Turkey, Russia and Iran have agreed to form a joint front against any “separatist agendas”, signaling a growing hostility towards YPG rule in northeastern Syria following the US pull-out.
In Sochi, a Russian Black Sea port city, the presidents of Russia, Iran and Turkey met again on Thursday to come up with a comprehensive plan for bringing stability to war-torn Syria.
The three powers have ground forces and bases in Syria and developed the Astana peace process in parallel to the UN-led Ceneva talks in 2017.
At the Sochi meeting, the three leaders coincided on one significant point--the need to deal with 'separatist' groups operating out of Syria.
For Turkey, the assertion of recognising separatist forces as a problem in Syria was a positive development, as the presence of the US-backed YPG, Syrian wing of the PKK terrorist organisation, has been a major bone of contention between Ankara and Washington.
PKK is recognised as a terrorist organisation by the US, Turkey and the EU and in its 30-year terror campaign, the group has claimed more than 40,000 lives.
The YPG-led Syrian Democratic Forces (SDF) control a large territory in the north, equalling almost one-third of Syria. Brushing aside Turkey's security concerns, the US instrumentalised the YPG with the aim of using the armed group in its fight against Daesh.
As the Syrian war opened space for various armed groups to exist, with little to no regard for human rights, Turkey repeatedly demanded that the YPG either remove itself or be removed from the region.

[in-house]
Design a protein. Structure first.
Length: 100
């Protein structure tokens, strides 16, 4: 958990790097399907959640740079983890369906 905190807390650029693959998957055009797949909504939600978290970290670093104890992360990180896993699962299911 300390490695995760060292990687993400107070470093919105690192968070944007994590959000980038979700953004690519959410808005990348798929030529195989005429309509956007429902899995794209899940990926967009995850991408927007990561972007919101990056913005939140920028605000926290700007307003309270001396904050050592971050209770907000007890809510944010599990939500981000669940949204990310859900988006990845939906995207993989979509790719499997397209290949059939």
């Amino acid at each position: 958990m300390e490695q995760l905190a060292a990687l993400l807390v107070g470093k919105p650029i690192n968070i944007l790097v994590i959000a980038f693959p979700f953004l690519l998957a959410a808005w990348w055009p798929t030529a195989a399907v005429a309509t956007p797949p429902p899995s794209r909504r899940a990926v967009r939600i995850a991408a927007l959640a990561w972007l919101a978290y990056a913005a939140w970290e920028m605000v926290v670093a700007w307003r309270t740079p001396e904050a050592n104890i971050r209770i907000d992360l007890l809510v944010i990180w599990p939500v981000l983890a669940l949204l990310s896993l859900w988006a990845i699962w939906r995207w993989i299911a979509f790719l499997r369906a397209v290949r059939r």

The latest Sochi meeting showed that not only Turkey but also Iran and Russia have been concerned with US designs in northeastern Syria, where the YPG claimed to have established ‘cantons’, or autonomous regions, fuelling fears among the Astana trio that Washington could be working on dividing the region along ethnic lines.
All three leaders, Russia’s Vladimir Putin, Iran’s Hassan Rouhani, and Turkey’s Recep Tayyip Erdogan, have emphasised "their solid and ongoing commitment to sovereignty, independence, unity and territorial integrity of the Syrian Arab Republic", in their joint statement, a three-page document with 17 points.
With the US withdrawal on the horizon, the Astana trio has been worried about facing a power vacuum in the region, which could further empower armed groups like the YPG and Daesh, and popularise separatist politics in oil-rich and ethnically diverse territories.
Although they did not name the YPG, their concern about what they referred to as "separatist agendas" strengthened Turkey’s argument against the group.
“[The Astana trio] has expressed their decisive opposition against separatist agendas, which have aimed to weaken both the Syrian sovereignty and territorial integrity and national security of neighbouring countries, rejecting all initiatives with aims to create new realities on the [Syrian] ground in the guise of fighting terrorism," the statement said.
Safe zone issue
But there have been conflicting views among the three partners with regards to a safe zone which Turkey is aiming to establish in YPG-controlled territories in northeastern Syria. Ankara argues that a Turkey-friendly zone will ensure its borders are safe from any security threat emanating from terror groups.
“It is our joint view that the [US withdrawal] is a positive move that will help stabilise this part of Syria, where legitimate government control should eventually be restored,” Putin said following the meeting, signaling that the proposed safe zone should be delivered to the Assad regime eventually.